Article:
May 714, 1998
Interview by Neil Gladstone
What's the best way to sneak into the off-limits sections of buildings?
Sneaking past security into off-limits buildings is incredibly easy, once you learn a few tricks of the trade, like avoiding security cameras and motion detectors, taking the stairs instead of the elevators, using employee walkways. This is amazingly simple in malls, hotels, government institutions, even office towers. Friends and I have been inside closed bank towers at night without getting caught. The best way to avoid security cameras is to have a complete awareness of their presence. If a security guard sees me somewhere I'm not supposed to be, I act confused, check a piece of paper (pretending it is a sheet of directions). If I decide that being spotted has spoiled the mission, I'll just walk over to the guard and ask for directions.
Have you done any exploring in the United States?
I go exploring whenever I travel. I'm afraid to say I didn't find Philadelphia all that conducive to exploration, since the downtown closes rather early and security is fairly good. I didn't get a chance to peruse the Philadelphia subway system but I've heard from others that it contains a lot of interesting stuff.
Are you annoyed by heavy surveillance or do you think it's necessary?
I'm way beyond annoyed about itI'm terrified by it, as I think any rational person should be. I devoted most of issue No. 3 to speaking about the horrors of surveillance, which is both immoral and anti-constitutional in many cases. Electronic surveillance is not necessaryit simply puts the protection everyone should be entitled to in the hands of the rich, and erodes support for increasing public policing and public good will. When I'm just minding my own business walking down the street and suddenly realize some corporation is filming and recording my every move, I shudder.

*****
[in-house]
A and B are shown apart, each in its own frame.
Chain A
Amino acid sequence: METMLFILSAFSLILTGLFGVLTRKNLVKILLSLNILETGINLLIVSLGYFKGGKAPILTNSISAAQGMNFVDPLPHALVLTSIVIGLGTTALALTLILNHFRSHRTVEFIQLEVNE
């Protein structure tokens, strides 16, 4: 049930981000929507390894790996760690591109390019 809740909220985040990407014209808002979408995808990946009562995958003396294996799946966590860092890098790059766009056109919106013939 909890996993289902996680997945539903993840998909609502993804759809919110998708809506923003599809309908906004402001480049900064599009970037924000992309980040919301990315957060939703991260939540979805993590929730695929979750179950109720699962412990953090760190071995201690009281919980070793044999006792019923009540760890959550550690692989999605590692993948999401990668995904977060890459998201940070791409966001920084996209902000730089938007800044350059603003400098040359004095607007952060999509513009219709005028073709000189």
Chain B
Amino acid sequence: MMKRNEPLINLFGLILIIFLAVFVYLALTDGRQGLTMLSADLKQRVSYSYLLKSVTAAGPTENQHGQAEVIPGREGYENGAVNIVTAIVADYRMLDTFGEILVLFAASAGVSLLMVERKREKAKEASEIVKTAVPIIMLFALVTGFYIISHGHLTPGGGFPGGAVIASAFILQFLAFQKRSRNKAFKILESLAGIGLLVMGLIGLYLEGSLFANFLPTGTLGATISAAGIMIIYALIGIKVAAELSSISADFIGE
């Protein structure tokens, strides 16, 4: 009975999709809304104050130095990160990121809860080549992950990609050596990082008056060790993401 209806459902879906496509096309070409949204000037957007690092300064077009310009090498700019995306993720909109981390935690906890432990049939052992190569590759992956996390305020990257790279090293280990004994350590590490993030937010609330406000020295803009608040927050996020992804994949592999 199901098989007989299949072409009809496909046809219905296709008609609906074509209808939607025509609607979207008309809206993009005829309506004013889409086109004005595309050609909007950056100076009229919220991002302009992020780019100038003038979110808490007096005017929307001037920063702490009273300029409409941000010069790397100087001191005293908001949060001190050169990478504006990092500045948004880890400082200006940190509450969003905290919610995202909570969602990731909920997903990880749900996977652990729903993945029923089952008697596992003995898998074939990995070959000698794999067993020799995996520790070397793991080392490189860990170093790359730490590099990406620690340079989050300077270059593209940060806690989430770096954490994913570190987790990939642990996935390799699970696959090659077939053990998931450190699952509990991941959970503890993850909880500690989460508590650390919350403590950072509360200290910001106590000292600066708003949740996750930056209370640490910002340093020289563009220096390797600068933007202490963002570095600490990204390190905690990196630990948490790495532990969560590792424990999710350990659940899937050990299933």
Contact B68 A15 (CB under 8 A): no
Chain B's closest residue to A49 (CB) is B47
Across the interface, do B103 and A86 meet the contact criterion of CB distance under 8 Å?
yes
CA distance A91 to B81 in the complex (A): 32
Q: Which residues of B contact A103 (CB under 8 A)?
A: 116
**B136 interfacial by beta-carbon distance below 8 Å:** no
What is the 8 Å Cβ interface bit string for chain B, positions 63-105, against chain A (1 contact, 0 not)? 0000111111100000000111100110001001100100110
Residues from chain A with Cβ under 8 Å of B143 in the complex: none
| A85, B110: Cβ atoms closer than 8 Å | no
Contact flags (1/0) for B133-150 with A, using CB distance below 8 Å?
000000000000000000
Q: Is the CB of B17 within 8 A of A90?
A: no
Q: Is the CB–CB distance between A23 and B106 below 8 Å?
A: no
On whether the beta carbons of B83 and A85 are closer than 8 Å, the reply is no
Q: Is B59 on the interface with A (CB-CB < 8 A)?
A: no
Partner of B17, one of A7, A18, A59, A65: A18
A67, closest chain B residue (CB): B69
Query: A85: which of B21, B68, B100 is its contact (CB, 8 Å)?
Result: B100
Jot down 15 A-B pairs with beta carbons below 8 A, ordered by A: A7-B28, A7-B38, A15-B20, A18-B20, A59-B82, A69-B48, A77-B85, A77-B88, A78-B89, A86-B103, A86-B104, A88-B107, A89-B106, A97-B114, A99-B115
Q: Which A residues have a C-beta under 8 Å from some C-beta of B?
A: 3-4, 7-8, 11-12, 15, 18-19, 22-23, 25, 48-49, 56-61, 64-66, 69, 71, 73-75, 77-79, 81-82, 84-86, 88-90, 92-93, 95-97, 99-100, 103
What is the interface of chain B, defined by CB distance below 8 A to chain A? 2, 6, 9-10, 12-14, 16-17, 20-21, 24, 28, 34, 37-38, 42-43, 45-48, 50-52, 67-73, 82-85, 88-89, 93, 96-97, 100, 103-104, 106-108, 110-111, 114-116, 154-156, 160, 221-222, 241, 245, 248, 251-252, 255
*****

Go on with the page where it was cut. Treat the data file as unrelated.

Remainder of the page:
Does your mom know about Infiltration?
My mom knows I do a zine about exploring buildings, and she's okay with that. She probably doesn't realize I spend my time running through subway tunnels and the like.
Have you ever been caught on any of your escapades?
I am "caught" roughly once a week, but usually just by a janitor or an employee. It's pretty easy to get out of those situations. On one or two occasions I've been spotted by security guards.
Have you ever advised any of your contributors against doing something?
Yes, anything involving lockpicking, breaking and entering, or harmful vandalism. While I admit such stories are often very interesting, I attempt to encourage a very benign sort of exploration in the zine.
Why are you so fascinated by these secret places?
It's the thrill of discovery that fascinates me. Yes, I know I'm not the first person there, but I can honestly say I found it and I earned the experience for myself. After exploring for a while, you get a wonderful feeling that you're "in on" the secret workings of cities. You know what's under your feet and what's behind the closed doors and what the city looks like from the highest office towers, while almost everyone around you only ever looks at the public areas and never truly pays attention to urban structures unless they've paid admission to take a look.
What places would you like to go that you haven't?
There are millionssome of my greatest yearnings are Alcatraz, abandoned stations in the New York subway system (including the abandoned line), the Paris catacombs, the drains under Melbourne, the UCLA steam tunnels, the military tunnels in the California mountains, the Moscow underground. These are all legendary.
What does Ninjalicious mean?
It simply means I have the style and stealth of a ninja without the fighting talent.
Issues of Infiltration can be ordered by sending $2 (U.S. currency) to Infiltration, P.O. Box 66069, Town Centre PO, Pickering, Ontario, L1V 6P7. The address of the online version of Infiltration is www.infiltration.org/theory.htm.